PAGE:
WHOEVER is responsible for the energy crisis, it is most certainly not the widow on the upper floor of a Dundee multi.

Yet she will pay the price.

Whoever is responsible for the energy crisis, it is most certainly not the young couple in their Shettleston starter home.

Yet they will pay the price.

We are accustomed to dealing in relative terms. X is worse than Y but better than Z. Deal with it.

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I understand why Boris Johnson adapted that relativist technique on a visit to Kyiv.

The Russian invasion of Ukraine has been blamed for the soaring cost of gas. Mr Johnson noted that, while we were facing higher bills, the people of Ukraine were “paying in their blood.”

A cogent point. However, relativism will not work here. We are dealing with cataclysmic energy prices. They are, literally, intolerable.

This is an absolute crisis, not a relative problem. It will require direct and substantial state intervention.

The Chancellor’s immediate response was rather limp. He was, he said, working “flat out” on a response – which would allow Mr Johnson’s successor to “hit the ground running.”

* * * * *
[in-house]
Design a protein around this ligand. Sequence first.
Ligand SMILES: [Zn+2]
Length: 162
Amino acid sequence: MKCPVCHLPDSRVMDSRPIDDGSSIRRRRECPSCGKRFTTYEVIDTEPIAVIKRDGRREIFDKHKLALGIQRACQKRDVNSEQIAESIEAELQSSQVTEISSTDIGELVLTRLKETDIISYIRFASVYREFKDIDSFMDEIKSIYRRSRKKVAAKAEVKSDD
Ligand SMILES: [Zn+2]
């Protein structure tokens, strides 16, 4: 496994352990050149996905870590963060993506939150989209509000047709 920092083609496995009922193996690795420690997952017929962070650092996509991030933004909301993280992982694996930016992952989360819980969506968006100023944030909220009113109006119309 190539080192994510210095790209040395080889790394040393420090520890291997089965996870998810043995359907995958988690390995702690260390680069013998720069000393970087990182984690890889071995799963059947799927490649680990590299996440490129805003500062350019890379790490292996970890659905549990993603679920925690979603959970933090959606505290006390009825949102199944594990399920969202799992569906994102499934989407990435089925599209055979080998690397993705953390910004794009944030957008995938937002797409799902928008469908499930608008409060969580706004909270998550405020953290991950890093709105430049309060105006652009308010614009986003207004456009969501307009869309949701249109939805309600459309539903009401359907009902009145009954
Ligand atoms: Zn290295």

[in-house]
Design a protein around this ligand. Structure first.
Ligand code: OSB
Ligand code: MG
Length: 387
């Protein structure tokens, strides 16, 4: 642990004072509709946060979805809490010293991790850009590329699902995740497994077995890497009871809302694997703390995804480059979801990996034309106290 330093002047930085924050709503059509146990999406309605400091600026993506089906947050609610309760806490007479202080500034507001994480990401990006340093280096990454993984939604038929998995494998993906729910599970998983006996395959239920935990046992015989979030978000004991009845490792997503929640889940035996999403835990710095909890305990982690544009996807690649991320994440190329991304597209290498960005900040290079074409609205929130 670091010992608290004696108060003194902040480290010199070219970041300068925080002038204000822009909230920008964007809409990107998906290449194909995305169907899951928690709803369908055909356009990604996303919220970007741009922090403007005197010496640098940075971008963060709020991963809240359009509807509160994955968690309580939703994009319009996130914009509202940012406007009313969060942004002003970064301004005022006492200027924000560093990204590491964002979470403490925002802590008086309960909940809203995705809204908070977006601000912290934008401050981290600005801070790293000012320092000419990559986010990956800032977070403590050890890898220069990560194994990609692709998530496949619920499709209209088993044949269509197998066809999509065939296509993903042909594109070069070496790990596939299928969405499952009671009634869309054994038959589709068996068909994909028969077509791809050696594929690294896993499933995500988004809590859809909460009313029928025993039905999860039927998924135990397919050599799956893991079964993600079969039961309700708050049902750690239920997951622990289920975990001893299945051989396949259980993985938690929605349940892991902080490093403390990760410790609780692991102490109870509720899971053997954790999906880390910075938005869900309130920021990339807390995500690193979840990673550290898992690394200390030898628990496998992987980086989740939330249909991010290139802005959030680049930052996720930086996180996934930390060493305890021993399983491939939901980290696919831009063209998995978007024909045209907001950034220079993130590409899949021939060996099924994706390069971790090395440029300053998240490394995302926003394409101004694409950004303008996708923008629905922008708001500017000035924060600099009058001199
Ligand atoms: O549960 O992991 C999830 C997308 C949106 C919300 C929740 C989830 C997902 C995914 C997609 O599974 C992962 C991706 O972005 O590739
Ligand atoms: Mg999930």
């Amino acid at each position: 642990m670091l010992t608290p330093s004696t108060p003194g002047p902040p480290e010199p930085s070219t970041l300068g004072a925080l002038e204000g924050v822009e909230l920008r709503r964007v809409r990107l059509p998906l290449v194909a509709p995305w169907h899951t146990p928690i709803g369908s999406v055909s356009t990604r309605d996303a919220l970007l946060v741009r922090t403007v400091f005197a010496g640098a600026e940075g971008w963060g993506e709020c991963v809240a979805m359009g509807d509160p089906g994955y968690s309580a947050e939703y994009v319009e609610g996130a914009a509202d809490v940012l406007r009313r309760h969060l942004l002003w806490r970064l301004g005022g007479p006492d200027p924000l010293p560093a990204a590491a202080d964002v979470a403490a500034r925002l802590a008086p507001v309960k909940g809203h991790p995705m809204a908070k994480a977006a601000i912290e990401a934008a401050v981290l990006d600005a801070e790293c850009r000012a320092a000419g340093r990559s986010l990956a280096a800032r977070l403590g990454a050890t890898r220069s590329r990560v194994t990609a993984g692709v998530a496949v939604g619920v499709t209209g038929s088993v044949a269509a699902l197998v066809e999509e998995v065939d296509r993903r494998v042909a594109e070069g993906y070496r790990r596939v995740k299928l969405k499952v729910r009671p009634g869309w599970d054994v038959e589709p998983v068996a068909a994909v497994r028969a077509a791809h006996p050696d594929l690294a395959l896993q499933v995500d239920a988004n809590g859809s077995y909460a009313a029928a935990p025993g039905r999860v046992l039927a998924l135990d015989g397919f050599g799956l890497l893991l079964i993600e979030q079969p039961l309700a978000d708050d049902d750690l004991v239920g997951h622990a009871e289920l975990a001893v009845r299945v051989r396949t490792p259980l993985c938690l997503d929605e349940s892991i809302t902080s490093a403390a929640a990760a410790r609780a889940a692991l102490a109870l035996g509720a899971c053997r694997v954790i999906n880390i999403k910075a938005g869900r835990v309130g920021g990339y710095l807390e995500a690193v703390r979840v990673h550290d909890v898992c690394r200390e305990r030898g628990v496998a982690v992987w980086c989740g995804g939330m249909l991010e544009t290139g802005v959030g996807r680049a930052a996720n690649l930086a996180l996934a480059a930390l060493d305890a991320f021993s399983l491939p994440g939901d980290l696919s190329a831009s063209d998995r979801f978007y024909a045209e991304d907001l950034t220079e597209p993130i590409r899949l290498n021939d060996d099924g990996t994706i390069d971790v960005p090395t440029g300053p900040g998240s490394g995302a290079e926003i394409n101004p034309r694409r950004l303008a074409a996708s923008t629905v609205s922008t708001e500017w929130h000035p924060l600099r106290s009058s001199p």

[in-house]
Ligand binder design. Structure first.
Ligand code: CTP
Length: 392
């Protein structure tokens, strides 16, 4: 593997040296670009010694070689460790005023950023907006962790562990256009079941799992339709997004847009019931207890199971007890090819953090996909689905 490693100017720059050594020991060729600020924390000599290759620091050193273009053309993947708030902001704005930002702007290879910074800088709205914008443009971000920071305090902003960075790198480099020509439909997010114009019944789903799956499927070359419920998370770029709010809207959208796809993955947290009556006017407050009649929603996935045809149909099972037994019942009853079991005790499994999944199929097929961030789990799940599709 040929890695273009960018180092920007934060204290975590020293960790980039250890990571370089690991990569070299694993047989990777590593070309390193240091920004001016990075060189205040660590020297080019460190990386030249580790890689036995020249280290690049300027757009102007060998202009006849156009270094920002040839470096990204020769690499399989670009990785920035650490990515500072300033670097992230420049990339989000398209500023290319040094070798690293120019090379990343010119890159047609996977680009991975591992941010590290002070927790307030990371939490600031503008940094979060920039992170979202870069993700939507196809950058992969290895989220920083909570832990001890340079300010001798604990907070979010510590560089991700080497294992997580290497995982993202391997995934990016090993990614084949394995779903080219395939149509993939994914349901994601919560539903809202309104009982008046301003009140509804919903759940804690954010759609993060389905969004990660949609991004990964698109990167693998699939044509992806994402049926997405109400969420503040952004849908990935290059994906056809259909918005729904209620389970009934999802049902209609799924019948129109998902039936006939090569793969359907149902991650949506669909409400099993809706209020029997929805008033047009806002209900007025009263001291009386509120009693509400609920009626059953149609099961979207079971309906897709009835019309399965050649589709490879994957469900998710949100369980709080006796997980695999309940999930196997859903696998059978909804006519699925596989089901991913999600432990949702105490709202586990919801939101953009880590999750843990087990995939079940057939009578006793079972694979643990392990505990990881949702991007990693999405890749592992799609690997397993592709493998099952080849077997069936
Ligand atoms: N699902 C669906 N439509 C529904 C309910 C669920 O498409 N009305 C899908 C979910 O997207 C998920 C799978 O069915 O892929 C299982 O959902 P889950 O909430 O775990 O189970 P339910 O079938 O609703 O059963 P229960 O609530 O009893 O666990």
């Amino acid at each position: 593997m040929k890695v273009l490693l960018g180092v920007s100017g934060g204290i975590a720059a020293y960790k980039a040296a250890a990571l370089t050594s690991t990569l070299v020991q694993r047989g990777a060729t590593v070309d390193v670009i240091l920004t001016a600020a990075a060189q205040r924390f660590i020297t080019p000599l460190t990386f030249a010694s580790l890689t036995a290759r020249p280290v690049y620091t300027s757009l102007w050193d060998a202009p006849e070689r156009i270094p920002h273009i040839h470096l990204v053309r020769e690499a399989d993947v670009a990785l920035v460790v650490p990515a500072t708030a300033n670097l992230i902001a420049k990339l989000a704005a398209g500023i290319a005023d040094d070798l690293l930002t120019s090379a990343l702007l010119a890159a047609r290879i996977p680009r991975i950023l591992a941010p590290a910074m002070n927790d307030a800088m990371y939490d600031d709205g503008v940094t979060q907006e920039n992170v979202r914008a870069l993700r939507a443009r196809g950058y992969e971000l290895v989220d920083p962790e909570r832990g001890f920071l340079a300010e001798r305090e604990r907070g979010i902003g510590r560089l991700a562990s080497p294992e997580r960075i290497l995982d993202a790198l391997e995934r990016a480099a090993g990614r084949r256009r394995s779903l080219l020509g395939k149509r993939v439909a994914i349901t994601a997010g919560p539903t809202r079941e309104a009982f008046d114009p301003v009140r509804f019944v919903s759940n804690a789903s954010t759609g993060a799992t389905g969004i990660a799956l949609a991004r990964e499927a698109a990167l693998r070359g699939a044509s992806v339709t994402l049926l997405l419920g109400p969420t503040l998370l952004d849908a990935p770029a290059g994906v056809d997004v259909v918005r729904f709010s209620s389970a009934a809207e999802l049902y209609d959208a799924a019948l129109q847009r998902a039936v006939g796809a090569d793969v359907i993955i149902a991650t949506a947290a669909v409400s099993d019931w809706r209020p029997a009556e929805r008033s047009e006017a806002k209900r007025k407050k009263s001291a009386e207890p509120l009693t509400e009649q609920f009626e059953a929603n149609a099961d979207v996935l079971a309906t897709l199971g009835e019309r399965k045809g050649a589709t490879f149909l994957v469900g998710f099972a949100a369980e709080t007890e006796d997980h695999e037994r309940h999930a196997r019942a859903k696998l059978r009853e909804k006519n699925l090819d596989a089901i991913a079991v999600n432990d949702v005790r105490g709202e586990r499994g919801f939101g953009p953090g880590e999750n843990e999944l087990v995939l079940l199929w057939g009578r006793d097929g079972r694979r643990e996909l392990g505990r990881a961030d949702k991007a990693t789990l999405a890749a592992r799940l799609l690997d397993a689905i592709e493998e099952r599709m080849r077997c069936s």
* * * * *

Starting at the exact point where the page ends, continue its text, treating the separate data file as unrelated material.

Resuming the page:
And so we wait for the hiatus at the top of UK governance to end, in a fortnight.

Leaving us with two broad questions. What to do right now to alleviate suffering. And how to structure our economy for the future.

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With regard to the immediate crisis, there are two basic options. We curb the price rises or we compensate consumers.

Scottish Power’s chief executive Keith Anderson is to be commended for presenting a plan: freeze energy bills for two years and cover the £100bn cost over a prolonged period.

That won support at an energy summit convened by the First Minister. UK Ministers are still in policy limbo but the signs are that they are less than keen.

What might be the objections? Firstly, that such a scheme might not directly target aid to the poorest. It might, by its universality, help the peer in a mansion as well as the pensioner in a tenement.